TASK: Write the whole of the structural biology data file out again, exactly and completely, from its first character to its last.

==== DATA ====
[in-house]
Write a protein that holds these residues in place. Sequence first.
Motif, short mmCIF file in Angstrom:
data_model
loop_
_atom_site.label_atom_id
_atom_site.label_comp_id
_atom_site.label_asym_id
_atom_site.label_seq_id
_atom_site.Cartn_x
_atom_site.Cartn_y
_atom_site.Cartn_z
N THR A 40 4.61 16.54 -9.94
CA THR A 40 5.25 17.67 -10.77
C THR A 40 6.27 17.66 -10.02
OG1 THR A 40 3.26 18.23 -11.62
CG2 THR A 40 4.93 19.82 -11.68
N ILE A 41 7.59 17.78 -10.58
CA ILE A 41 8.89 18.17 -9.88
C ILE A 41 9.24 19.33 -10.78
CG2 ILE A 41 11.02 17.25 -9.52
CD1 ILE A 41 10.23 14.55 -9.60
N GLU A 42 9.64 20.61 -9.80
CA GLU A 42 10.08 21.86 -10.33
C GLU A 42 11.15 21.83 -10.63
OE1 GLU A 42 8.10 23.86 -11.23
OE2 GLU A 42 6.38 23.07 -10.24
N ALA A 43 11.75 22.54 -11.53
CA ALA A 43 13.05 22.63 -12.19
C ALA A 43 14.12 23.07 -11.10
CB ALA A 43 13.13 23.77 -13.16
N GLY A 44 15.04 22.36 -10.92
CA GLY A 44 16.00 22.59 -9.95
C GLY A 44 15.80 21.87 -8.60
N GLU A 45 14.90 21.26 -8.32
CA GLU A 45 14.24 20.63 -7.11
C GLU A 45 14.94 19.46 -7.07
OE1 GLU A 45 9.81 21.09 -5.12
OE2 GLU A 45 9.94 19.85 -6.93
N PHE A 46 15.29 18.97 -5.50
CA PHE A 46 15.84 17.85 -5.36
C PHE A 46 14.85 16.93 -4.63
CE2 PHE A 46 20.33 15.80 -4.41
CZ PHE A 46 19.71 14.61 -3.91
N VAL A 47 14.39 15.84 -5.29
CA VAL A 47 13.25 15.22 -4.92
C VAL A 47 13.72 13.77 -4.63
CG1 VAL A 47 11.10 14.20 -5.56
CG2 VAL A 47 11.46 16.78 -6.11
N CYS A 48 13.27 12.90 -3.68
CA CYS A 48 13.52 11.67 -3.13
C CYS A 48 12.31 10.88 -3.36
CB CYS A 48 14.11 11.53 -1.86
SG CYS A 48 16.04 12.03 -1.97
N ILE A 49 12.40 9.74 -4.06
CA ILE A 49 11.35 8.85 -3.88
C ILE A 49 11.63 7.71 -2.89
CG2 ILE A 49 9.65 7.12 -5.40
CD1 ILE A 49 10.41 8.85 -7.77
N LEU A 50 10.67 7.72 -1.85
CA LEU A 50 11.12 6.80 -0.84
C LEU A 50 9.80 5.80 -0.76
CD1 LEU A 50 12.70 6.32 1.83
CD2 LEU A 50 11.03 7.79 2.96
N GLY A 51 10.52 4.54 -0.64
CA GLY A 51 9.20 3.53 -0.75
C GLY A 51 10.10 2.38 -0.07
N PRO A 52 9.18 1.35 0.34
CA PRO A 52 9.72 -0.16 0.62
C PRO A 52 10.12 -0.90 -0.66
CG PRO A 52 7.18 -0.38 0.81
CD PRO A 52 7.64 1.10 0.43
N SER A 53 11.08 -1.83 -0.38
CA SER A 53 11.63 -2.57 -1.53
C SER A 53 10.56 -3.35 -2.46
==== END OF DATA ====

[in-house]
Write a protein that holds these residues in place. Sequence first.
Motif, short mmCIF file in Angstrom:
data_model
loop_
_atom_site.label_atom_id
_atom_site.label_comp_id
_atom_site.label_asym_id
_atom_site.label_seq_id
_atom_site.Cartn_x
_atom_site.Cartn_y
_atom_site.Cartn_z
N THR A 40 4.61 16.54 -9.94
CA THR A 40 5.25 17.67 -10.77
C THR A 40 6.27 17.66 -10.02
OG1 THR A 40 3.26 18.23 -11.62
CG2 THR A 40 4.93 19.82 -11.68
N ILE A 41 7.59 17.78 -10.58
CA ILE A 41 8.89 18.17 -9.88
C ILE A 41 9.24 19.33 -10.78
CG2 ILE A 41 11.02 17.25 -9.52
CD1 ILE A 41 10.23 14.55 -9.60
N GLU A 42 9.64 20.61 -9.80
CA GLU A 42 10.08 21.86 -10.33
C GLU A 42 11.15 21.83 -10.63
OE1 GLU A 42 8.10 23.86 -11.23
OE2 GLU A 42 6.38 23.07 -10.24
N ALA A 43 11.75 22.54 -11.53
CA ALA A 43 13.05 22.63 -12.19
C ALA A 43 14.12 23.07 -11.10
CB ALA A 43 13.13 23.77 -13.16
N GLY A 44 15.04 22.36 -10.92
CA GLY A 44 16.00 22.59 -9.95
C GLY A 44 15.80 21.87 -8.60
N GLU A 45 14.90 21.26 -8.32
CA GLU A 45 14.24 20.63 -7.11
C GLU A 45 14.94 19.46 -7.07
OE1 GLU A 45 9.81 21.09 -5.12
OE2 GLU A 45 9.94 19.85 -6.93
N PHE A 46 15.29 18.97 -5.50
CA PHE A 46 15.84 17.85 -5.36
C PHE A 46 14.85 16.93 -4.63
CE2 PHE A 46 20.33 15.80 -4.41
CZ PHE A 46 19.71 14.61 -3.91
N VAL A 47 14.39 15.84 -5.29
CA VAL A 47 13.25 15.22 -4.92
C VAL A 47 13.72 13.77 -4.63
CG1 VAL A 47 11.10 14.20 -5.56
CG2 VAL A 47 11.46 16.78 -6.11
N CYS A 48 13.27 12.90 -3.68
CA CYS A 48 13.52 11.67 -3.13
C CYS A 48 12.31 10.88 -3.36
CB CYS A 48 14.11 11.53 -1.86
SG CYS A 48 16.04 12.03 -1.97
N ILE A 49 12.40 9.74 -4.06
CA ILE A 49 11.35 8.85 -3.88
C ILE A 49 11.63 7.71 -2.89
CG2 ILE A 49 9.65 7.12 -5.40
CD1 ILE A 49 10.41 8.85 -7.77
N LEU A 50 10.67 7.72 -1.85
CA LEU A 50 11.12 6.80 -0.84
C LEU A 50 9.80 5.80 -0.76
CD1 LEU A 50 12.70 6.32 1.83
CD2 LEU A 50 11.03 7.79 2.96
N GLY A 51 10.52 4.54 -0.64
CA GLY A 51 9.20 3.53 -0.75
C GLY A 51 10.10 2.38 -0.07
N PRO A 52 9.18 1.35 0.34
CA PRO A 52 9.72 -0.16 0.62
C PRO A 52 10.12 -0.90 -0.66
CG PRO A 52 7.18 -0.38 0.81
CD PRO A 52 7.64 1.10 0.43
N SER A 53 11.08 -1.83 -0.38
CA SER A 53 11.63 -2.57 -1.53
C SER A 53 10.56 -3.35 -2.46